If it were a game of football, Team Tinubu would be beating Teams Atiku and Obi, combined, two goals to nil. However, we are not talking soccer here. It is politics. Realpolitik too. Specifically, the February 25 2023 presidential election won by Bola Tinubu and the legal challenge made by Atiku Abubakar and Peter Obi to have the outcome overturned. The two lost again earlier this month at the tribunal that heard their petitions. Now they are headed for the Supreme Court where, if they lose again, it will be all over. But if they defeat Tinubu, that result will wipe out all of Tinubu’s previous wins. If it does pan out this way, it will be a big precedent. In this country, no presidential election outcome has ever been thrown out.
Meanwhile, let’s look at the “understanding” of the two challengers of the Sept. 6th judgement of the panel of the Court of Appeals that declared Tinubu the true winner of the presidential election. Let’s remember that, at this stage, it is not the ballot box that is the focus but the integrity of the bench (or the judiciary). We’ll do well to remember too that Atiku and Obi are long time equity seekers as far as elections are concerned. We’ll look at their contrasting opinions about the judiciary the last time they won their cases in court and now that they have lost.
Let’s start with Obi for the obvious reason that he is a first time runner in the race for the presidency. Firstly, he was not in court to hear the verdict delivered. Something surprising because right up until that day, he was a permanent presence in all the court’s sessions. Away in Awka, Anambra state, on decision day, Obi told journalists that he respected the “findings” of the presidential election petitions panel but rejected the “reasoning and conclusions” in the judgement. With a frown of disappointment on his face, Obi said he had instructed his lawyers to appeal the judgement to the Supreme Court.
Obi’s comportment this time contrasted with his jubilation over court victories he secured in 2003, 2007 and 2009. He ran for the governorship of Anambra state in 2003 as All Progressives Grand Alliance (APGA) party’s candidate. But his opponent, Chris Ngige of the People’s Democratic Party (PDP), was declared the winner by the Independent National Electoral Commission (INEC). After nearly three years of litigation, Ngige’s victory was overturned by the Court of Appeals on 15 March 2006. Obi took office two days later. After only seven months in office, on 2nd November 2006, he was impeached by the Anambra State House of Assembly, led by speaker Mike Balonwu. Obi successfully challenged his impeachment and was re-instated in office February 9 2007 by the Court of Appeals sitting in Enugu.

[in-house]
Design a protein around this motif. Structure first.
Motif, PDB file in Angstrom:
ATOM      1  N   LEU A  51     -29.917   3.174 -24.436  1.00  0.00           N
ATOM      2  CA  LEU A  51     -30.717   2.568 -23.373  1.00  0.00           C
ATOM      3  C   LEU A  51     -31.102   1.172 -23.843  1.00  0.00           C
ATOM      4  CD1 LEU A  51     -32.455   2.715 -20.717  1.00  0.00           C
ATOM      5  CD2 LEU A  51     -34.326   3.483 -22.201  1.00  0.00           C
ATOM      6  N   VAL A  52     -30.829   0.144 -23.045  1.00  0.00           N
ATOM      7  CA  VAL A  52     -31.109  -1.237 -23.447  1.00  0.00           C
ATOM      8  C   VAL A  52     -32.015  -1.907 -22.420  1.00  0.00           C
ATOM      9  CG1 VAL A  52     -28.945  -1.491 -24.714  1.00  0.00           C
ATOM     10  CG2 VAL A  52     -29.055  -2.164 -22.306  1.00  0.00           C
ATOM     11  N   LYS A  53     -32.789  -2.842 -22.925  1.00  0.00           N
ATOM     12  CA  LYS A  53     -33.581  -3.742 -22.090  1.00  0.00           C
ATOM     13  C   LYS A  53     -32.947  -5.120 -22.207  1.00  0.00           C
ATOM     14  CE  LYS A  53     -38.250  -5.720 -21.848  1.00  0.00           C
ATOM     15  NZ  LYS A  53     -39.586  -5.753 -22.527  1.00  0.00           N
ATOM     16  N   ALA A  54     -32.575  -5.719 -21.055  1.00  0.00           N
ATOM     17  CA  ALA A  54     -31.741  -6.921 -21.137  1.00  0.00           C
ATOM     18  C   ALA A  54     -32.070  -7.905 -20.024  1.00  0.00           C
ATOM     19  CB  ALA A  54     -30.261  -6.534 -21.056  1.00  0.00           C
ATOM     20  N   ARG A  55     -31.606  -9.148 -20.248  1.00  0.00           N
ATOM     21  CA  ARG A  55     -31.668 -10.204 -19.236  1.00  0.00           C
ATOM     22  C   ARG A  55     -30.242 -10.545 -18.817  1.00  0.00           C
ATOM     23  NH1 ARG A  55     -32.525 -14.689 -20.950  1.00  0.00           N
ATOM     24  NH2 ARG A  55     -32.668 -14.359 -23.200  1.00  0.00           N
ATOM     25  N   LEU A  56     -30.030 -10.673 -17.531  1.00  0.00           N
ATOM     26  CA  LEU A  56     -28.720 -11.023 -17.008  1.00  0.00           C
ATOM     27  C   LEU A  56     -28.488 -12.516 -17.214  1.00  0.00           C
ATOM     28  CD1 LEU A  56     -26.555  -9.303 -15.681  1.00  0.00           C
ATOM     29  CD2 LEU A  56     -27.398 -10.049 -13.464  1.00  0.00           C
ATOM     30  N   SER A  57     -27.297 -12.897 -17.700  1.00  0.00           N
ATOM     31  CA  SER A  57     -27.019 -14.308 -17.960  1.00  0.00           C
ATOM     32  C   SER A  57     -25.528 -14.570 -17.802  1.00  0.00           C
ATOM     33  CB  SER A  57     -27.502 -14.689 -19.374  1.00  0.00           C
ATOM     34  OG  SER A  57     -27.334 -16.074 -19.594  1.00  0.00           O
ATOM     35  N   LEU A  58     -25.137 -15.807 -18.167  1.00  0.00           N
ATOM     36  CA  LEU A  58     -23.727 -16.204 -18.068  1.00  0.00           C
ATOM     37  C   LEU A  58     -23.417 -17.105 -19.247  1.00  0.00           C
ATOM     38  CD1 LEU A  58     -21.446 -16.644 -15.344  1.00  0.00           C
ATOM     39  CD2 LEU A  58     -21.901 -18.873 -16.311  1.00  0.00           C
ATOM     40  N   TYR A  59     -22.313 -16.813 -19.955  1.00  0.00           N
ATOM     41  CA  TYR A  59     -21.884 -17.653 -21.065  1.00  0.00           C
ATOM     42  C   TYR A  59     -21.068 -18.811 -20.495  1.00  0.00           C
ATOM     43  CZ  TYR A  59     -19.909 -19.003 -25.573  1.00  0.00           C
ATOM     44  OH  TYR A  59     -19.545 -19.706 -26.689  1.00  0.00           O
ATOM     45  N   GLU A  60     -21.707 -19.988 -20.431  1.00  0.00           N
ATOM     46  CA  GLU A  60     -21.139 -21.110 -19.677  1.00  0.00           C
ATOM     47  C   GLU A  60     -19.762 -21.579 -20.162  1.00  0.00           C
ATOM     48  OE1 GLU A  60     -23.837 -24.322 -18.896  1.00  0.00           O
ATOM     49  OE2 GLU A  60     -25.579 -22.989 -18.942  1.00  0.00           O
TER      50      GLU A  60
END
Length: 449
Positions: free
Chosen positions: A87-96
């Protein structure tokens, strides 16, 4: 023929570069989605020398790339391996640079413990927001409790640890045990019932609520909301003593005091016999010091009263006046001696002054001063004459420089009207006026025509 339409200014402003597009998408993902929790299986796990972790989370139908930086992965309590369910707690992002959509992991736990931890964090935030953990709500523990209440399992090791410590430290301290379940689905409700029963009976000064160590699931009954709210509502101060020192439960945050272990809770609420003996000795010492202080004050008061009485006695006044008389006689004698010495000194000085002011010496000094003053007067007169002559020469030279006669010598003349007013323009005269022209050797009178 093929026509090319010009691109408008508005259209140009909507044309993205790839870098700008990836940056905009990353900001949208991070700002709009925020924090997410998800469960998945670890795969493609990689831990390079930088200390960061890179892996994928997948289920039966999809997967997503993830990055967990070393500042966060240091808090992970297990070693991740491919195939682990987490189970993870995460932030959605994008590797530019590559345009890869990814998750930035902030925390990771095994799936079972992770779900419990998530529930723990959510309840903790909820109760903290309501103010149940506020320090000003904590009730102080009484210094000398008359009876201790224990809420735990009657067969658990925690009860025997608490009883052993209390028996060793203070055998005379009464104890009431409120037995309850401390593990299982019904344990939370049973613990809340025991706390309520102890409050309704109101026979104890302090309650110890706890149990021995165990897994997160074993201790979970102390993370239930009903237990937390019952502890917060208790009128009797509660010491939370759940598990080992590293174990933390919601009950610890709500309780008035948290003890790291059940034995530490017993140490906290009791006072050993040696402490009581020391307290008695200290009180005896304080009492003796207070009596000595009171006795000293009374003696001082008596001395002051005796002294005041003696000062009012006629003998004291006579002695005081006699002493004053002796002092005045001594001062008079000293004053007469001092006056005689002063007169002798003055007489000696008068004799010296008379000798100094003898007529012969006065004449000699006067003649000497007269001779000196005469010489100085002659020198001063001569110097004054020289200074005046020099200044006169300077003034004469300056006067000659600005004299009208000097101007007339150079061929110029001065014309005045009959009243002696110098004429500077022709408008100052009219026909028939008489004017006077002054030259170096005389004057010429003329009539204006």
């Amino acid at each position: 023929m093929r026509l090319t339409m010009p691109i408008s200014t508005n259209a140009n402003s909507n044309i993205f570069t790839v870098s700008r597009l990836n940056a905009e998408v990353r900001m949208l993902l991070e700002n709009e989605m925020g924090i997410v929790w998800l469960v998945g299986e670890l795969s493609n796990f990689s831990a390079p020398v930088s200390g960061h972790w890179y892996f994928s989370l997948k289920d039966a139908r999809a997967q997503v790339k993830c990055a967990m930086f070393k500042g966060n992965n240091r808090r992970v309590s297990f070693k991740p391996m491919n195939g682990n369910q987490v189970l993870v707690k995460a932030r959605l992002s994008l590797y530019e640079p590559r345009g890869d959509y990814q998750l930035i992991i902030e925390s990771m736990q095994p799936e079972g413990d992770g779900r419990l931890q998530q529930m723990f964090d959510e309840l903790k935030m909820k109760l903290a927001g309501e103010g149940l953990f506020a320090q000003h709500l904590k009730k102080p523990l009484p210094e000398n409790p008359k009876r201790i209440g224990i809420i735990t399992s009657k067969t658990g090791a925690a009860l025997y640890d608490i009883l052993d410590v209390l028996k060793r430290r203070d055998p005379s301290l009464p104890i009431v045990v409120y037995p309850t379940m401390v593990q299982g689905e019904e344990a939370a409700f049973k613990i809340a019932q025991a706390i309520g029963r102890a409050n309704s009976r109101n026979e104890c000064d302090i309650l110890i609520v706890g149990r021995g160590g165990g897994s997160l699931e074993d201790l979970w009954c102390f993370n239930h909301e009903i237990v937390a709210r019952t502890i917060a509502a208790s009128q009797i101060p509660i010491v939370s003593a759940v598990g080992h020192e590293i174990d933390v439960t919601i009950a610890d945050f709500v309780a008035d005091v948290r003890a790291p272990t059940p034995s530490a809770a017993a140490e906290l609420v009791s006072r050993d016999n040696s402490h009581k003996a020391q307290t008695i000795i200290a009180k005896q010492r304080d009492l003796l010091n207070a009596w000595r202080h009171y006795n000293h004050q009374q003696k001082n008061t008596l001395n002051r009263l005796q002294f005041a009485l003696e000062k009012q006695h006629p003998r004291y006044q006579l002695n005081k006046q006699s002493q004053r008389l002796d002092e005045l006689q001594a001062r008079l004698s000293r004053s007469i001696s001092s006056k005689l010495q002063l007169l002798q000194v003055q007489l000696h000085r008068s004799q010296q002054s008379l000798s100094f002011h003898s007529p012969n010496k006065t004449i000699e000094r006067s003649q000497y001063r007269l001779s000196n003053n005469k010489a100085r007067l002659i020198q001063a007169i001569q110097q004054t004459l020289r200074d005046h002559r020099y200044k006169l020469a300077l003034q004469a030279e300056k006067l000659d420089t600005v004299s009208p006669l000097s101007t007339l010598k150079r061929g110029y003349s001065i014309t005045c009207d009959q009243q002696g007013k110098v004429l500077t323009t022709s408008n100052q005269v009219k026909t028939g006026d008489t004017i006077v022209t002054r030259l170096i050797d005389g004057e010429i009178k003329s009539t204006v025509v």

Obi once again left office on 29 May 2007 following an election in which Andy Uba was declared the winner by the electoral body. Obi returned to the courts once more, this time contending that the four-year tenure he had won in the 2003 election only started to run when he took office in March 2006. On 14 June 2007, the Supreme Court upheld his argument and put him back in office. The court ruled that his four-year tenure was not up until March 2010. On all three victorious occasions, Obi accepted both the courts’s “findings and the reasoning” behind them. But not so in 2023.
Now to Atiku, a serial contestant and loser in presidential polls since 1993 (six times now). In rejecting the court’s decision on the 2023 presidential vote, he lamented, “Our gains in ensuring transparent elections through the deployment of technology was heavily compromised by the Independent National Electoral Commission (INEC) in the way it managed the last presidential election and I am afraid that the judgment of the court as rendered by the PEPC failed to restore confidence in our dream of free and fair elections devoid of human manipulations. My ultimate goal in this pursuit is to ensure that democracy is further strengthened through the principles and processes of fair hearing. Though the judgment of the court on Wednesday is respected, it is a judgment that I refuse to accept because I believe that it is bereft of substantial justice. However, the disappointment in the verdict of the court can never destroy my confidence in the judiciary.”